Addicts across Ohio go to recovery centers with the hopes of leading a sober and productive life after treatment, but Ohio doesn't have any regulations in place to actually ensure addicts get the right treatment to stay sober.
Brandi Gillen's recovery home is certified by Ohio Recovery Housing, proving it meets the organization's guidelines for care. But Brandi has been in other homes where she says drugs and alcohol were easy to get, making recovery even harder.
"I went through the day thinking about when I was going to drink again and then, 'Well, I'll stay sober today and maybe next week, I'll get drunk,'" said Gillen.
All the structure and support that helps Brandi stay sober is also what made Joe Painter seek out an Oriana House facility in Akron, also accredited by Ohio Recovery Housing. He is recovering from opioid and alcohol abuse and says he's heard about the places where recovery doesn't seem to be the priority.
"It's either stay there and deal with it or go to the streets," said Painter. "Which one are you going to do?"
News 5 found that facilities that treat Ohio's recovering addicts aren't subject to any state or county regulations that require quality care to stay open. They are subject only to housing and zoning laws in local municipalities. Some counties adopt Ohio Recovery Housing's standards of care and withhold taxpayer funding from any facility that isn't accredited, but the homes are still allowed to stay open.
Ohio Recovery Housing's voluntary certification process is the only way in Ohio to know if a recovery home provides the care they claim to. The state doesn't play any role in making sure the people trying to stay sober get the help they need.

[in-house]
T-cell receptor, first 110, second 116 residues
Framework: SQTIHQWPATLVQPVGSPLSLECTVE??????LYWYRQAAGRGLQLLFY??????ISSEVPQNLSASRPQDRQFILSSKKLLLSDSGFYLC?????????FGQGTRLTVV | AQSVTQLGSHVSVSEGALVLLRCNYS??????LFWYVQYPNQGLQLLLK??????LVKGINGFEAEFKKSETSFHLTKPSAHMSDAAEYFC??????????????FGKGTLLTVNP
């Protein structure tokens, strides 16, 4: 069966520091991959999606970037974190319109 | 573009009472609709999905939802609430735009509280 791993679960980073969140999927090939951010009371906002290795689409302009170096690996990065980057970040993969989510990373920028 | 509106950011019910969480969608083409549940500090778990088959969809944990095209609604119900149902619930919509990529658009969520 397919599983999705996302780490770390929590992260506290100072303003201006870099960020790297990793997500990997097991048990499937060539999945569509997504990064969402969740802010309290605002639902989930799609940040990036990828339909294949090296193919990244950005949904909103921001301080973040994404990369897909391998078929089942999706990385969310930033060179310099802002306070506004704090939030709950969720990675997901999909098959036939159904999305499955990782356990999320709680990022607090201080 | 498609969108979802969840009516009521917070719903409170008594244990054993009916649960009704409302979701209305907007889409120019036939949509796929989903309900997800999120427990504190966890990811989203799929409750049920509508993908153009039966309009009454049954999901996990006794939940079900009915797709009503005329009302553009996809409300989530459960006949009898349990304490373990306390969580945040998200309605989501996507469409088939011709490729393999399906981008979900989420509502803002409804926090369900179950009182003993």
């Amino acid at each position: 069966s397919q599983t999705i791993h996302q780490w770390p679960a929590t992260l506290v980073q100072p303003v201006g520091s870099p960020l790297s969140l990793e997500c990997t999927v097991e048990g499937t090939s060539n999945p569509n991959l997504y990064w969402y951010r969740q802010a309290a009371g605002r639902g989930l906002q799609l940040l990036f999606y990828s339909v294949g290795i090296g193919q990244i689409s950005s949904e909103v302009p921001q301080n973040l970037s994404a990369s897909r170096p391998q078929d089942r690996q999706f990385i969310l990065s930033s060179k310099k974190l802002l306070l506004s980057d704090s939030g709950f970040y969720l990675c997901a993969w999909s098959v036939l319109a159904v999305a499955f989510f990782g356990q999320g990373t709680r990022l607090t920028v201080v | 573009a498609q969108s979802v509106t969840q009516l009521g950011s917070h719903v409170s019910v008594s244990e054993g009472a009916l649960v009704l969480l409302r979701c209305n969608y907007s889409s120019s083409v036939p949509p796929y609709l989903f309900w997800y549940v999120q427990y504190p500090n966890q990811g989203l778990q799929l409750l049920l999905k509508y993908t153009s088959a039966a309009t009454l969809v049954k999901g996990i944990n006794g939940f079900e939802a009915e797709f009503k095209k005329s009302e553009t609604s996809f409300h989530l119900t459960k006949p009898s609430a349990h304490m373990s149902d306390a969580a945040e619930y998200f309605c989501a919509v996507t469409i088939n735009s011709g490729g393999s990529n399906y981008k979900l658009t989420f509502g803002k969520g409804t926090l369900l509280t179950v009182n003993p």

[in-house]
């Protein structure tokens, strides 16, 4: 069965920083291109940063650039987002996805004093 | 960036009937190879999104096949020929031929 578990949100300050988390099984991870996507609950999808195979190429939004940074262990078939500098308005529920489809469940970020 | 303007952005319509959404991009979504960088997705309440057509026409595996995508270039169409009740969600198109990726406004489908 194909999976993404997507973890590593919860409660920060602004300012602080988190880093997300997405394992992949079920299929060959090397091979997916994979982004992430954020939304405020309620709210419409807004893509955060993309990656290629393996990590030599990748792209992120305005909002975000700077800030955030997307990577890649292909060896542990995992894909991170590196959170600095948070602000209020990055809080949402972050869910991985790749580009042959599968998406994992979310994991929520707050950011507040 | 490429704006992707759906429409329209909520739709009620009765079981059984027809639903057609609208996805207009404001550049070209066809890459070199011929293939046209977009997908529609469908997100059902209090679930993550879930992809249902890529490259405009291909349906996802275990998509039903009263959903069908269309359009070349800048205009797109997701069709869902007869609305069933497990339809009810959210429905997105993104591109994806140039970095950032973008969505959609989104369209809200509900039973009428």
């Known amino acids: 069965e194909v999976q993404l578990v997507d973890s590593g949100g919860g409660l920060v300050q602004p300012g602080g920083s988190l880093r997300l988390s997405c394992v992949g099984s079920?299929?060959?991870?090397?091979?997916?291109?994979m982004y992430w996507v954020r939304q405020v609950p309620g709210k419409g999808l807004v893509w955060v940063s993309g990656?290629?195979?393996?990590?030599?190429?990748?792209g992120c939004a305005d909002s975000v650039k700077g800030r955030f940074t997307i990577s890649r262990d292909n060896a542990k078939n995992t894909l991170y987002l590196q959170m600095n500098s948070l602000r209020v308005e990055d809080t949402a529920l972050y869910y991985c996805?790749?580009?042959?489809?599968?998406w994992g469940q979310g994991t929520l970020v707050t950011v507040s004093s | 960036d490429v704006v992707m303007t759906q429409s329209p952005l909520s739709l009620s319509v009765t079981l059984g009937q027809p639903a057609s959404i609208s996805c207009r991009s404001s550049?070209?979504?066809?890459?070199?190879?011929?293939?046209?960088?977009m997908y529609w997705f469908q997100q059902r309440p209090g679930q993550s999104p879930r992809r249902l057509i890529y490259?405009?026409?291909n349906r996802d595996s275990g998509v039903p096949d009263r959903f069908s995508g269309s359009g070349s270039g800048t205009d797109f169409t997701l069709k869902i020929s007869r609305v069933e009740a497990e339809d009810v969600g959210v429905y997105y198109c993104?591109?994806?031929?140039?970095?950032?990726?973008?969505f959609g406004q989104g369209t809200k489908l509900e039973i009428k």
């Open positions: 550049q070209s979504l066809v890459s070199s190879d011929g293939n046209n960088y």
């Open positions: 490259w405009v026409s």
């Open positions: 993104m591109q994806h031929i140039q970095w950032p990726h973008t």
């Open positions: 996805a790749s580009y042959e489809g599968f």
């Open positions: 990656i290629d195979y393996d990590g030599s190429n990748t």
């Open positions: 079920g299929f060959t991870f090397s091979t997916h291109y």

"They are terribly vulnerable," said Briermost Foundation Executive Director Erin Helms. "Being able to mandate that operators adhere to the quality standards would help protect the most vulnerable population out there outside children."
Helms says Ohio does a good job outlining in state code what recovery homes should do. But those guidelines are only suggestions and there is no one making sure those standards are met.
"You need a governmental entity to set the standards, make sure everybody is playing by the same rules," said Oriana House Executive Vice President Bernie Rochford.
Helms says recovery homes have operated out of public view for many years because of the stigma associated with the addicts they help. She feels like that kept lawmakers from wanting to get involved in setting up statewide standards.